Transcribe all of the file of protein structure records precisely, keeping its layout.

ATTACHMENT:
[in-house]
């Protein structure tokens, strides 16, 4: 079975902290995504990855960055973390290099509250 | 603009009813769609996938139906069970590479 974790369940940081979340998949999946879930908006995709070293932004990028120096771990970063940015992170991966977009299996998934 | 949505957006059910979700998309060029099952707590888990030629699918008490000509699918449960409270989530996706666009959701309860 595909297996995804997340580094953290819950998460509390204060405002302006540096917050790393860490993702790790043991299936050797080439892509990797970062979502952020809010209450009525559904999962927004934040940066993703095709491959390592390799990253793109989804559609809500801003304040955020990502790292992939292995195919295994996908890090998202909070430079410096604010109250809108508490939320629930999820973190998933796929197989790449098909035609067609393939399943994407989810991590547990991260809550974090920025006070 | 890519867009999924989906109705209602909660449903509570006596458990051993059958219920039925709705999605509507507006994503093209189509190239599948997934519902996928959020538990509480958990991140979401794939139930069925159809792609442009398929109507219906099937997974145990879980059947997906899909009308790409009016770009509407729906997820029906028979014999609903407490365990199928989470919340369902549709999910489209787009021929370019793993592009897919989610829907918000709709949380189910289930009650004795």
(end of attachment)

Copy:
[in-house]
């Protein structure tokens, strides 16, 4: 079975902290995504990855960055973390290099509250 | 603009009813769609996938139906069970590479 974790369940940081979340998949999946879930908006995709070293932004990028120096771990970063940015992170991966977009299996998934 | 949505957006059910979700998309060029099952707590888990030629699918008490000509699918449960409270989530996706666009959701309860 595909297996995804997340580094953290819950998460509390204060405002302006540096917050790393860490993702790790043991299936050797080439892509990797970062979502952020809010209450009525559904999962927004934040940066993703095709491959390592390799990253793109989804559609809500801003304040955020990502790292992939292995195919295994996908890090998202909070430079410096604010109250809108508490939320629930999820973190998933796929197989790449098909035609067609393939399943994407989810991590547990991260809550974090920025006070 | 890519867009999924989906109705209602909660449903509570006596458990051993059958219920039925709705999605509507507006994503093209189509190239599948997934519902996928959020538990509480958990991140979401794939139930069925159809792609442009398929109507219906099937997974145990879980059947997906899909009308790409009016770009509407729906997820029906028979014999609903407490365990199928989470919340369902549709999910489209787009021929370019793993592009897919989610829907918000709709949380189910289930009650004795």